While we were in A&E, there was a cardiac arrest call, which involved all the acute teams bleeps screeching at them, and lots of rushing to the bedside of the patient to SAVE A LIFE! I went too, to see what was happening, and was greeted by a rather embarrassed looking junior doctor and a red faced patient. It turned out that the patient had  (for some reason) decided to hold her breath to see what happened, and the doctor had panicked and decided that she had died... You would think that these sort of things only happened in scrubs...

I did spend some time on my ward this week as well, spending a lot of it with the nurses to try and get some of my clinical skills signed off. Carrying out procedures went fine. The main problem was when we were trying to give movicol to a stroke patient. Movicol is a treatment for constipation, and works by keeping water in the poo in the bowel, making it runnier and easier to pass. Stroke patients who have problems swallowing cannot drink watery things, as there is a risk that the water can get into the lungs and cause an aspiration pneumonia, so there are thickeners that can be put in water, tea, and all other food stuffs to make them thicker and easier to swallow. Movicol comes in a sachet, and is meant to be mixed with water before drinking. It turns out that this osmotic effect of movicol cancels out the thickener effect in the water, and heaping thickener into a glass of water makes no difference as it stays watery, meaning the patient cannot take the drug. Feeling cunning, I suggested that we mixed it into the patients porridge, meaning he could eat it this way. Unfortunately the movicol turned the porridge into water as well. After many failed experiments with different food stuffs, my answer was to ask the doctor to prescribe a different laxative. Who knew that the nurses job could be so scientific!


  1. Technically doctors can actually prescribe patients alcohol! It's not a black listed item and therefore doctors can prescribe it. It wouldn't be on the hospital formulary however so you wouldn't be able to get hold of it in hospital, but if it was prescribed in the community, the pharmacist would procure it and be able to supply it to the patient. It doesn't happen often, but I once heard of an elderly palliative patient being prescribed a glass of white and red wine on alternating days as it helped with the patient's pain relief!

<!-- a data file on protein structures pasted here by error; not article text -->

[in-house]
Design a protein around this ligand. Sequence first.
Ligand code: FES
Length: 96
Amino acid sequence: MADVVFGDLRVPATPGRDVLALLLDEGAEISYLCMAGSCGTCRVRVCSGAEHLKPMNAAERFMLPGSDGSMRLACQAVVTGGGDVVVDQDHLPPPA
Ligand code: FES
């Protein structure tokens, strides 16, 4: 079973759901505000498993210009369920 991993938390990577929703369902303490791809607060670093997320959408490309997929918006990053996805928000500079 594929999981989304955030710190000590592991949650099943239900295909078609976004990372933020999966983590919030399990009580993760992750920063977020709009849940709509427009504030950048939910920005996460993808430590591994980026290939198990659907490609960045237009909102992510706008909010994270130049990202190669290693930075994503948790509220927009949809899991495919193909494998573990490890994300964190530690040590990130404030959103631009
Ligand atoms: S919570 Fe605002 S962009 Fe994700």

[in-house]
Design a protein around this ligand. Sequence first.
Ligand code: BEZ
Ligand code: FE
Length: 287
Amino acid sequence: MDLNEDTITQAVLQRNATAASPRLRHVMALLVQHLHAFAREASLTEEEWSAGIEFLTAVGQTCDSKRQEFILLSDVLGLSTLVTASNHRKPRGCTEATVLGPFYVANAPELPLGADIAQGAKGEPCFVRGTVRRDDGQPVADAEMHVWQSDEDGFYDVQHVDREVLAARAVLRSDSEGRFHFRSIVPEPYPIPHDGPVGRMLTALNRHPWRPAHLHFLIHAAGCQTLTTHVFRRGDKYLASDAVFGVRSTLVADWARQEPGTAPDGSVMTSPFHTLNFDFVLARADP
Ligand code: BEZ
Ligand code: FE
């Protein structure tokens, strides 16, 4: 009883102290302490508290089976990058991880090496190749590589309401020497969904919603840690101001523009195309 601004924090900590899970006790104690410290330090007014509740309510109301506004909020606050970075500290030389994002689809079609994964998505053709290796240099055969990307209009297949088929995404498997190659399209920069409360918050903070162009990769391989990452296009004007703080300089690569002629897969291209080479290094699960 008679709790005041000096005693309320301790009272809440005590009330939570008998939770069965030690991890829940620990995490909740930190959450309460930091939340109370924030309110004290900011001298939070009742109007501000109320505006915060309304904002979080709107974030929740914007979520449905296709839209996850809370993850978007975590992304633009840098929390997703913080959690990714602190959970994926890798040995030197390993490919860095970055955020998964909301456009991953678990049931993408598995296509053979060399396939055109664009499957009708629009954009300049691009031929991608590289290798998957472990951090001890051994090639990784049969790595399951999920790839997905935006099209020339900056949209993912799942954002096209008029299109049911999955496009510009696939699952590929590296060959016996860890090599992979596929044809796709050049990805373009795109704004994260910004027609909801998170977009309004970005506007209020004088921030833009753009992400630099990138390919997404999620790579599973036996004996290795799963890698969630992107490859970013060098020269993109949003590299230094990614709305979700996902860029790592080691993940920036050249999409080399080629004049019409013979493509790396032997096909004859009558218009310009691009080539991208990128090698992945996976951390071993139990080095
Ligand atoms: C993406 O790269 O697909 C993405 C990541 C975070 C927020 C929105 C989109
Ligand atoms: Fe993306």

2. I know you're the med student & all, but movicol is most definitely NOT a treatment for diarrhoea..... it'll cause it though!

  3. @ Anon1 - You are right! I remember a lecture a few years ago about things that were black listed and not, seems a very strange way to do things; for example the lecturer was saying that the gold blend of a certain instant coffee was banned, but the normal wasn't... Alcohol does have its uses, though, so hopefully should be on the hospital formulae - ethylene glycol poisoning being one I mentioned, and drowning your sorrows after a long shift being another :)

    @ Anon2 - Cheers for the spot, I meant to say constipation... Changed now though :)

  4. breath holding patient is hilarious!!that junior doctor must have been embraced to death..poor fellow!!

  5. Great blog post by the way! I believe I agree with you on the beer as a prescription thing. I am sure our life would be a little easier if you could prescribe a nice cold one to the patients. Just a though keep up the good work I have a nephew that is thinking about getting into the medical profession and he always mentions your blog